Jeena Cho: [00:06:00] Right. Well I mean well I guess to back up a little bit. So at what point were you like I am not cutting off my tights and I'm not going to try to look like the rubber stamp fashion of what a billion looks like.
Marcus Shute, Jr.: [00:06:15] I would say in my undergraduate years is kind of when I got that foundation. Now OK this is kind of who I am like most people when they're going through undergrad. You know you're away from your parents is your first time being on your own. So you are learning a lot about yourself. And you know I learned a lot about my history and it was something that is so important for me personally and also it also started conversations so for me you know when we talk about inclusion and I know we'll probably talk about that later but it's inclusion for me began with being able to have a dialogue with somebody being open worker and so I use my hair sometimes as a way to start the conversation to say well let's challenge these norms that you believe are required to be successful. I would say definitely no undergrad.
Jeena Cho: [00:08:36] And I think you know do you think the reverse is also how some people are going to look at you look at your Web site and be like Yup he's not only my lawyer.
Marcus Shute, Jr.: [00:08:45] Absolutely. I mean so I mentioned I taught high school so I taught Spanish in government when I taught there. And so you can imagine you know young African-American boys and girls that see somebody who looks like them. They can talk like them but they can also speak another language. And I think that's the same thing that applies to my law practice. When I recruit players or musicians or writers or I go to a writers workshop and my kind of blend in and almost look like I could be one of them and then when I say hey I'm an attorney. Let's talk about you know what you're doing as they do some research and like you said to go to my website and almost immediately feel like they're drawn to me because they can relate to me instantly.
Jeena Cho: [00:11:58] You know. Yeah. And especially as lawyers you know there is so much pressure to look the part of a lawyer and that you know and to have a certain type of job and strange type of prestige and you know just on and on and often that's like the end ingredient or unhappiness you know like you. And you can kind of get on that treadmill of just checking all the boxes. But then someplace you look up and you're like wow I'm really unhappy and I think that unhappiness that this content comes from being completely out of touch with yourself you know.
Marcus Shute, Jr.: [00:12:36] So true. So true. Like you know when you are taking the boxes like where I have to do this or I have to drive this type of car I had to practice this type of way where I had to have my office set up this type away and you start running trying to achieve all those goals that you think our goals. And then once you do that you will go back and say wow I'm on the field and that's another thing that you know makes it makes it easier for me to do what I do because I want to enjoy what I do. I wanted to be a passion and I want to feel like I'm just going in punching the clock. I want to you know look forward to every day when I'm getting up to go to work. This is what I'm choosing to do and I enjoy it.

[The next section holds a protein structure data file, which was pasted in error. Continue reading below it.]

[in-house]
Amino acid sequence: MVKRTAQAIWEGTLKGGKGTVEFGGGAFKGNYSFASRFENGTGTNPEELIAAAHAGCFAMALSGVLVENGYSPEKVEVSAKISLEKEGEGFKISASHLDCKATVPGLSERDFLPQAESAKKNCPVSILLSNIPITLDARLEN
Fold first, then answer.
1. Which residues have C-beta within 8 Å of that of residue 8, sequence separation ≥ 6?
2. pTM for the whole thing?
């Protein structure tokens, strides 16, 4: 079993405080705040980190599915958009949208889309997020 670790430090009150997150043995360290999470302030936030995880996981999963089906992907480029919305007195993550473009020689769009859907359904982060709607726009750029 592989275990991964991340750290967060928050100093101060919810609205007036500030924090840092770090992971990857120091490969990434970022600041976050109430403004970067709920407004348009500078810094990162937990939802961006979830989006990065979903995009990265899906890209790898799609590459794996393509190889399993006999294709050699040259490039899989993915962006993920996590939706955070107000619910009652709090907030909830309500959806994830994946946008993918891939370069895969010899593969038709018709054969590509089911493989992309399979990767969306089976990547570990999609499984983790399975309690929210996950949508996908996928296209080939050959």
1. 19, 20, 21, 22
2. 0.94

Jeena Cho: [00:13:14] So yeah will say more about that about choosing to enjoy the work that you do on shaping your practice in a way that gives you that sense of contentment.
Marcus Shute, Jr.: [00:13:26] So it would help to give a little context of why I chose sports entertainment. I've worked for Fortune 500 companies before been a store manager. And you know I've worked for other companies and help you know reach their goals and metrics and indeed will perform well. But you know I was frustrated because I felt like I was in the field and it didn't bring me joy. It was like oh I did I did something well. I don't feel good about you know what I did. So when I started to look at what area of law I wanted to practice or you know being an attorney period I wanted it to be something that I enjoy doing where there wouldn't be a time where I look up to say I'm frustrated. I'm angry with what I'm doing because if pay if I am then that means I need to refocus on what it is that I chose to do because it's all up to me.
[00:14:19] And that's part of the reason why I opted to start my own practice and the law firm as opposed to going to join a big law firm. Although I interviewed I knew that I would be working you know 50 60 hours a week. At the direction of my superiors, whatever case came to the door that you would be my job for the time being. And I learned that if I could find a way to choose the things that I enjoy and it relates to my law practice then it won't feel like work I'll just be challenging myself to be a better version of myself to learn more about certain areas of law and those things have been very helpful. You know it helps keep you away from that thing. We were just talking about checking out those boxes because I'm not looking for accolades because it's my personal enjoyment it's not you know I need a B.A. you know top layer 100 in this area practice because that's not what drives me you know.
Jeena Cho: [00:15:20] Yeah. And I always find those warrants are so strange because it's like you pay for it.
Marcus Shute, Jr.: [00:15:29] Right now.
Jeena Cho: [00:15:32] Like you're like that and whatever and superstar lawyer and we want you to pass. And in fact, it's like now.
Marcus Shute, Jr.: [00:15:39] Right. Or they give you a tour you go pay a hundred bucks to get Lycett or 250 for this nice little placard 30 50 for a little mini there. And it's like it's you know ego. I don't know how you go. Someone once told me ego means edging God out. And you know just not thinking and the idea that you know it's bigger than you. So what I do is intentional so having my hair like it is having my tattoos like they are is intentional because it's bigger than me it's for those that come behind me so that the obstacles that I face they won't have to.
Jeena Cho: [00:16:14] Yeah. Talk a little bit about some of the obstacles that do face because of you know your locks.